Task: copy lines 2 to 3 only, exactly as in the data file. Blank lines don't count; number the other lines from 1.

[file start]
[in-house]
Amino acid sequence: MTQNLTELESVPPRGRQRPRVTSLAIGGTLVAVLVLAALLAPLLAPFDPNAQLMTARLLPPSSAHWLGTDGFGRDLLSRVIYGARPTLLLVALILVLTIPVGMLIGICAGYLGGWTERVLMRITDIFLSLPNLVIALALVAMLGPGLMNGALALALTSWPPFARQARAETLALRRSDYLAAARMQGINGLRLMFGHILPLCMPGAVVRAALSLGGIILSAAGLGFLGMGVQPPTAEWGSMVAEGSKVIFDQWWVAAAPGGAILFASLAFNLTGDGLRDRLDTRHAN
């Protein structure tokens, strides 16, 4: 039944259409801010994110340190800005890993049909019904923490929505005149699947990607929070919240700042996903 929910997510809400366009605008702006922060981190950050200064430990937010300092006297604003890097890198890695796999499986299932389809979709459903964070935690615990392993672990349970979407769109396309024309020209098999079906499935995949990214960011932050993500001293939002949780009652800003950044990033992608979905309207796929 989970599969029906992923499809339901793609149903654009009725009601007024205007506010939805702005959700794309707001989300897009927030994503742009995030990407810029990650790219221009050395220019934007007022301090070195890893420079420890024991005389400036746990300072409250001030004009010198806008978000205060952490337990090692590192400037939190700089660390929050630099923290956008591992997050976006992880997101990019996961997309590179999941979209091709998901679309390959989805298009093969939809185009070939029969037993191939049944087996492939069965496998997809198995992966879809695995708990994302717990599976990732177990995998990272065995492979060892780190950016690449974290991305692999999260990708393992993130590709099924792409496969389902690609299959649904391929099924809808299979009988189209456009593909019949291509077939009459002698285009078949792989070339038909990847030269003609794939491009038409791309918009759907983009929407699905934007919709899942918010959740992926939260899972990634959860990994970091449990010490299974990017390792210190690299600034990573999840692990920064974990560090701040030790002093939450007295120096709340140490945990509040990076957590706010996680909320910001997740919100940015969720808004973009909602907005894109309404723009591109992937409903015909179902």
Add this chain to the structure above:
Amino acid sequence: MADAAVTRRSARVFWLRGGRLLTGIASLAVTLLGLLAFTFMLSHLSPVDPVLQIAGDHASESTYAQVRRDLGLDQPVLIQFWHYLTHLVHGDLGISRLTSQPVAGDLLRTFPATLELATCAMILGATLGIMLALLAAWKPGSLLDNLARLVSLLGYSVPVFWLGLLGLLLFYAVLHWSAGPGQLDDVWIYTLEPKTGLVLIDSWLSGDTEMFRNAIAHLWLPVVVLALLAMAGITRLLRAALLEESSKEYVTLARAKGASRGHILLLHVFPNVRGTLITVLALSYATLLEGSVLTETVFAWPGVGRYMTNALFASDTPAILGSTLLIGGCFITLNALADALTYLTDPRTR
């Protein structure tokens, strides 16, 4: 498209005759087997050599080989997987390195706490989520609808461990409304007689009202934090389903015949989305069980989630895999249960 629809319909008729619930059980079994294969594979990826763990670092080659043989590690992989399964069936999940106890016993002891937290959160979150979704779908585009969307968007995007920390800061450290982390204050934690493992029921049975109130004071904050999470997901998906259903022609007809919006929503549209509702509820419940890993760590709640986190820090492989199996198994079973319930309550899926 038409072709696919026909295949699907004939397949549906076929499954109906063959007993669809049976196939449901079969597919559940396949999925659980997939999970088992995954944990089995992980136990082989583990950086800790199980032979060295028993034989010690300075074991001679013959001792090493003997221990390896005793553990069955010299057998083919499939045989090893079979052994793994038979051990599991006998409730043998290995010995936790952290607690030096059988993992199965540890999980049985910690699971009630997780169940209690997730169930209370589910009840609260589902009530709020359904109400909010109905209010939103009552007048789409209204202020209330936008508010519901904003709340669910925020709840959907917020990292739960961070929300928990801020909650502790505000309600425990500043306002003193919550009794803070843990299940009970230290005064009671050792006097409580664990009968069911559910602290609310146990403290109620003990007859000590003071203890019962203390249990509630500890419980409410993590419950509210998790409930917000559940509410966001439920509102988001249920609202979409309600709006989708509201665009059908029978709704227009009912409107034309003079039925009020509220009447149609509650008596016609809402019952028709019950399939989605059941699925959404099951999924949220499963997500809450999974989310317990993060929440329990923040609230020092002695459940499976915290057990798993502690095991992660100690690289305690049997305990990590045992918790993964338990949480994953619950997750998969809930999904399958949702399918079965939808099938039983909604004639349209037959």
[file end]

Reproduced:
Amino acid sequence: MTQNLTELESVPPRGRQRPRVTSLAIGGTLVAVLVLAALLAPLLAPFDPNAQLMTARLLPPSSAHWLGTDGFGRDLLSRVIYGARPTLLLVALILVLTIPVGMLIGICAGYLGGWTERVLMRITDIFLSLPNLVIALALVAMLGPGLMNGALALALTSWPPFARQARAETLALRRSDYLAAARMQGINGLRLMFGHILPLCMPGAVVRAALSLGGIILSAAGLGFLGMGVQPPTAEWGSMVAEGSKVIFDQWWVAAAPGGAILFASLAFNLTGDGLRDRLDTRHAN
């Protein structure tokens, strides 16, 4: 039944259409801010994110340190800005890993049909019904923490929505005149699947990607929070919240700042996903 929910997510809400366009605008702006922060981190950050200064430990937010300092006297604003890097890198890695796999499986299932389809979709459903964070935690615990392993672990349970979407769109396309024309020209098999079906499935995949990214960011932050993500001293939002949780009652800003950044990033992608979905309207796929 989970599969029906992923499809339901793609149903654009009725009601007024205007506010939805702005959700794309707001989300897009927030994503742009995030990407810029990650790219221009050395220019934007007022301090070195890893420079420890024991005389400036746990300072409250001030004009010198806008978000205060952490337990090692590192400037939190700089660390929050630099923290956008591992997050976006992880997101990019996961997309590179999941979209091709998901679309390959989805298009093969939809185009070939029969037993191939049944087996492939069965496998997809198995992966879809695995708990994302717990599976990732177990995998990272065995492979060892780190950016690449974290991305692999999260990708393992993130590709099924792409496969389902690609299959649904391929099924809808299979009988189209456009593909019949291509077939009459002698285009078949792989070339038909990847030269003609794939491009038409791309918009759907983009929407699905934007919709899942918010959740992926939260899972990634959860990994970091449990010490299974990017390792210190690299600034990573999840692990920064974990560090701040030790002093939450007295120096709340140490945990509040990076957590706010996680909320910001997740919100940015969720808004973009909602907005894109309404723009591109992937409903015909179902």